"Eventually the US coast guard, and then the Navy began transporting patients to us from Port Au Prince for care. Now we are working non stop in 3 OR's and doing what we can with limited equipment and dwindling supplies."
A day later, these status updates trickled in:
Scott Sundick: Now they are flying patients in non-stop and transferring them from other hospitals. I guess they finally realized we are here. - Jan. 18, 2:12 p.m.
Scott Sundick: The UN has officially sent troops to our hospital, and the US navy stopped by via helicopter with injured patients. - Jan. 18, 5:18 p.m.
Scott Sundick: We now have a steady flow of helicopters, 2 an hour, coming to us. Exhausting. - Jan. 19, 1:50 p.m.
There are many reasons doctors spend 8 years beyond undergraduate school. They are not only being trained to save lives, but how to react to tense, pressure filled situations that the rest of us -- e.g., communications majors -- will never see.
Scott Sundick: We just got a patient who was injured, and Haitian doctors had done an amputation in the street, with no anesthesia - Jan. 18, 5:21 p.m.
Doctors and rescue workers, as we all know from the reporting we've seen, are working in the dark. Lack of supplies, lack of communication and lack of order add up to chaos. Chaos leads to panic and those emergency workers on the ground in Haiti are crisis experts, calming and soothing patients as they line up for life-saving operations that, in a different nation, could have been prevented by simply cleaning the initial wound.
Haiti is becoming a nation of amputees. The images coming out of the country are harrowing, to say the least. But more disheartening is that many of the images of amputees are of children.
- So far the biggest problem now is that we are running low on supplies.
- The word is out, and people are being brought in the back of pickup trucks and busses.
- The major problem was with the delay in caring for people. At this point, and at the point when we have been getting people, it is too late to save the limbs. We are forced to amputate to save the patients life.
Scott Sundick: It is getting harder and harder to work as the number of kids younger [than] 3 are requiring amputations - Jan. 19, 1:43 p.m.
Scott Sundick: Children are arriving by helicopter with tape on their foreheads saying their parents were killed. - Jan. 19, 9:57 a.m.
Scott and his colleagues at CRUDEM are saving lives and are working around the clock. Others on the ground in Haiti and millions around the world have their attention focused on this ravaged island. At least for now. It is our responsibility to do what we can - whether it's texting donations or putting together care packages of basic supplies: band-aids, Neosporin, aspirin, water.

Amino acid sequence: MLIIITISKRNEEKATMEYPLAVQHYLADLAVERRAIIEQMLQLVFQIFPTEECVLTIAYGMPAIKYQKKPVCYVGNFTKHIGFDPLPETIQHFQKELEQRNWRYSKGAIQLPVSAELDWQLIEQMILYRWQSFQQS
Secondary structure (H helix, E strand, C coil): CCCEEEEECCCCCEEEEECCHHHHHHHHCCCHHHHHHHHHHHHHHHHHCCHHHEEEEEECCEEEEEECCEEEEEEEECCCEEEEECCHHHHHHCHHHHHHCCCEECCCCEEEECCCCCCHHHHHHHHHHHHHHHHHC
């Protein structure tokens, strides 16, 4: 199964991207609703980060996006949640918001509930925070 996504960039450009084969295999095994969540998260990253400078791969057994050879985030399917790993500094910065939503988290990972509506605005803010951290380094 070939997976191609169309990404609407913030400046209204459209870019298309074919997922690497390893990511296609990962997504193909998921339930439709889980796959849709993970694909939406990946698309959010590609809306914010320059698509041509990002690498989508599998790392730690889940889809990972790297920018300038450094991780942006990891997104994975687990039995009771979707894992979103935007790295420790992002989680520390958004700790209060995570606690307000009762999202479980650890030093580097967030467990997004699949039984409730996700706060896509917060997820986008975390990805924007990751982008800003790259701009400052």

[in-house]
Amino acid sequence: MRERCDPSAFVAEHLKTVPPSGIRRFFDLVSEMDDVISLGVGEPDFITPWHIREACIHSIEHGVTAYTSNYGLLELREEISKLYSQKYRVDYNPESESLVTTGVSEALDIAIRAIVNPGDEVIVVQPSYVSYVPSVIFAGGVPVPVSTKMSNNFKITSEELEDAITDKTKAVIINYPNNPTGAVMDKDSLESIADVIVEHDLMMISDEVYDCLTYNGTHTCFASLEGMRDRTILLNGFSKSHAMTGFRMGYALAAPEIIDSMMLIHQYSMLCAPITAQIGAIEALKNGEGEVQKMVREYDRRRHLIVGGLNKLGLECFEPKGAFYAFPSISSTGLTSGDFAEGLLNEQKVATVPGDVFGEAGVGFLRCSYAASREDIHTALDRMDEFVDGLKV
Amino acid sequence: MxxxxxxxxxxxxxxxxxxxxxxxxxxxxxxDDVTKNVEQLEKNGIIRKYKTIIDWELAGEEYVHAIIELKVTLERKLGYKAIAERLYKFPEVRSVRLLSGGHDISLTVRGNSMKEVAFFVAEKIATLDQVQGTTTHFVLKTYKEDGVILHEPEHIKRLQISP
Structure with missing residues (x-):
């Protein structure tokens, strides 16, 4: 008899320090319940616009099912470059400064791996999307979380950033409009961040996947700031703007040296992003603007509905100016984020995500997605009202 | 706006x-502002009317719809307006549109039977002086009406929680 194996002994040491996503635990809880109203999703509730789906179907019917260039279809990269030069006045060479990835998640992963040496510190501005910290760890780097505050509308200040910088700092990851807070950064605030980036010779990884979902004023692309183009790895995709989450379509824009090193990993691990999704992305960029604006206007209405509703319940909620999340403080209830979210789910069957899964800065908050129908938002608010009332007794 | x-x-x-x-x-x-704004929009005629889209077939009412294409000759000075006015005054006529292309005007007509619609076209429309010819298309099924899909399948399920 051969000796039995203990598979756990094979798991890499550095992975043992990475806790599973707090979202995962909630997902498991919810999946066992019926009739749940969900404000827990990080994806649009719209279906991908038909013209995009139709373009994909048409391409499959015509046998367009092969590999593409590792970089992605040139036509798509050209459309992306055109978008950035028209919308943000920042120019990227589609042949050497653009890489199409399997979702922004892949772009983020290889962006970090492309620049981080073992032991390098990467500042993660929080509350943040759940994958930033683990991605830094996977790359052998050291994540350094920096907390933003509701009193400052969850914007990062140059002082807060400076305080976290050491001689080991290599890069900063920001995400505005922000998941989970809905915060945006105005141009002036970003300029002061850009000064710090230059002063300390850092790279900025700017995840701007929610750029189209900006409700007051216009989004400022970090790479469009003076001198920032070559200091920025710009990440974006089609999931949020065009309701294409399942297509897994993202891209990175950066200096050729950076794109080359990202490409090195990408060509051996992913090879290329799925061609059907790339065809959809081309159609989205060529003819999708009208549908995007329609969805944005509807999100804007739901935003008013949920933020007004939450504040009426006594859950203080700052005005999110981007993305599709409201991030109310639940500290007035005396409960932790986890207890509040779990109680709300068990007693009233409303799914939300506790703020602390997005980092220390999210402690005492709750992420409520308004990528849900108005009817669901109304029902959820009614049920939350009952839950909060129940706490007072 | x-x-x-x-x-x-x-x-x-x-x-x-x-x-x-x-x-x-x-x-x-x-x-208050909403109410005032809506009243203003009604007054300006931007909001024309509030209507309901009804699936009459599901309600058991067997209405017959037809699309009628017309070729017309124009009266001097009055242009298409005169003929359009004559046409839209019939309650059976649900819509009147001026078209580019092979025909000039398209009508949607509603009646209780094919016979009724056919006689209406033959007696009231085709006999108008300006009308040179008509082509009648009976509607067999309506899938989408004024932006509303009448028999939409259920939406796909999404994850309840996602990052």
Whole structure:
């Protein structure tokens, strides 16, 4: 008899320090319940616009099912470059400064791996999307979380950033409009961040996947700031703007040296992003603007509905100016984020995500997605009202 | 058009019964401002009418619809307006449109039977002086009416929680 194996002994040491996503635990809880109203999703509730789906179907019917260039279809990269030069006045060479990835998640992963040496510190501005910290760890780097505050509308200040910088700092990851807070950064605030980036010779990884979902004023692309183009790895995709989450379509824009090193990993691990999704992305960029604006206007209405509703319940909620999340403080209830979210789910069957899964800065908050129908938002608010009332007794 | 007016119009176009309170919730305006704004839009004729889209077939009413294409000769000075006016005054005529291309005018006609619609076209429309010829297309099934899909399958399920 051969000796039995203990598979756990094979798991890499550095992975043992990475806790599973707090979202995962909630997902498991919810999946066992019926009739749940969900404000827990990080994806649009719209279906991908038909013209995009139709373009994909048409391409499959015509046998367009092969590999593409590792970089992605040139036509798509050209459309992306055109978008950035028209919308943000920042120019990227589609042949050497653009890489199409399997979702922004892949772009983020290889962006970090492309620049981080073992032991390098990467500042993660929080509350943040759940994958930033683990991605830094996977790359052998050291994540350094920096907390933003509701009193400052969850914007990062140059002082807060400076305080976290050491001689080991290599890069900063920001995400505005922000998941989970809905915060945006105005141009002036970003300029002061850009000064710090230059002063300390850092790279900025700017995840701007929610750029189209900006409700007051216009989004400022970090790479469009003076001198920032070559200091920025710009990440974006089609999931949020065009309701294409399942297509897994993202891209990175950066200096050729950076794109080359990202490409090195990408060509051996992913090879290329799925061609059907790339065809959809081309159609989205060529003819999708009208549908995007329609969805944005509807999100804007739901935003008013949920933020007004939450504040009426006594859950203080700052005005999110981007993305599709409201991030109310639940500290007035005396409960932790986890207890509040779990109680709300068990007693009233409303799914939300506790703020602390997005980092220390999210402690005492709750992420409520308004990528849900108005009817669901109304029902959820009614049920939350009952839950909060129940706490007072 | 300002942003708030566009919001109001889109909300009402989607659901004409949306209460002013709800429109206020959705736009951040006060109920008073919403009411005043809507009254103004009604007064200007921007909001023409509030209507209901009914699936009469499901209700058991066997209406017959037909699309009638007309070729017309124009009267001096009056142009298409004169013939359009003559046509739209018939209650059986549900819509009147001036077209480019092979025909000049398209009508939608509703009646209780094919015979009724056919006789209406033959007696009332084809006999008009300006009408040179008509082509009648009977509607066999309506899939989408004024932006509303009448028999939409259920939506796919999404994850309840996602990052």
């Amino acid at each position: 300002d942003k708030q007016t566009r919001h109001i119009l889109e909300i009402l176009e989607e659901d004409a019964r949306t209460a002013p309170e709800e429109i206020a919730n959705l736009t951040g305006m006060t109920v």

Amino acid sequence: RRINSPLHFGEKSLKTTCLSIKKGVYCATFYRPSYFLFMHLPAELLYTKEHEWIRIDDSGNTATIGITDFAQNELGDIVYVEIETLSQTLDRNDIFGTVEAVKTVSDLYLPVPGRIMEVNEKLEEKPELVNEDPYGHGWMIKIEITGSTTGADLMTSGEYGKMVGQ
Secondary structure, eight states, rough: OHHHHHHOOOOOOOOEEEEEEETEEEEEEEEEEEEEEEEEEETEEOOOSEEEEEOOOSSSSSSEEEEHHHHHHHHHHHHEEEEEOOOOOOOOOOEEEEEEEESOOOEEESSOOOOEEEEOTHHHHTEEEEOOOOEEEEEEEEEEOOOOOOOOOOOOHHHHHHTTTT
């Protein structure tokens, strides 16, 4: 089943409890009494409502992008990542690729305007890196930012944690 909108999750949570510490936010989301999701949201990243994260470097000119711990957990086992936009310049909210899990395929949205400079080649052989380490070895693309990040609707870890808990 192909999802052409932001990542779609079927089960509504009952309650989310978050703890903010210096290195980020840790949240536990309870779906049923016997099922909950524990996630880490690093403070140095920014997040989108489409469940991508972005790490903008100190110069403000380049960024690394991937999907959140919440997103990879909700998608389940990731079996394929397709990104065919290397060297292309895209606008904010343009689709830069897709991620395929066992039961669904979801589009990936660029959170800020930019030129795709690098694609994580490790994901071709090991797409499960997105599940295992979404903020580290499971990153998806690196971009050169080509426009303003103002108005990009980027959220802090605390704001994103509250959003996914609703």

Again, from CRUDEM's blog:
The CRUDEM Foundation has been working in Haiti for a long time; it will be there for a long time to come. Even for a stable, respected organization such as this, the road ahead will be increasingly challenging - both for the hospital and for those who receive its services. The high number of amputations is creating a need for crutches and prostheses - items that are not typically stocked in large numbers. As patients are able to be released from the hospital, they will need a place to stay. Many will need to remain in the area in order to receive follow up care. There are few houses in Milot - most people live in shelters constructed of tin. But they are committed to share what they have. The hospital and the community will do what needs to be done. But they will need help.
Scott Sundick: Now its getting hard. people are dying in the hospital from their injuries. You don't check labs because they take too long, and you could not give blood anyway, but you can't delay surgery because they will die from waiting. - Jan. 20
CRUDEM and other thinly stretched organizations are proving that "hope" is not a four-letter word. Let's stare down tragedy and death and effect change. We can use this disaster as an opportunity to rebuild a nation, but also to rebuild what it means to be human. There is no color; there is no class distinction; there is no gender inequality; there is no politics. There's just people. People who need help. Let's use this tragedy to sustain the inherent goodness of the human race.
This piece originally was posted on Mediaite.com
Josh Sternberg is the owner/founder of Sternberg Strategic Communications, a communications firm helping clients get their messages to the right audiences. Prior to entering the field, Josh was an adjunct professor at two New Jersey universities. Follow him on Twitter at @josh_sternberg.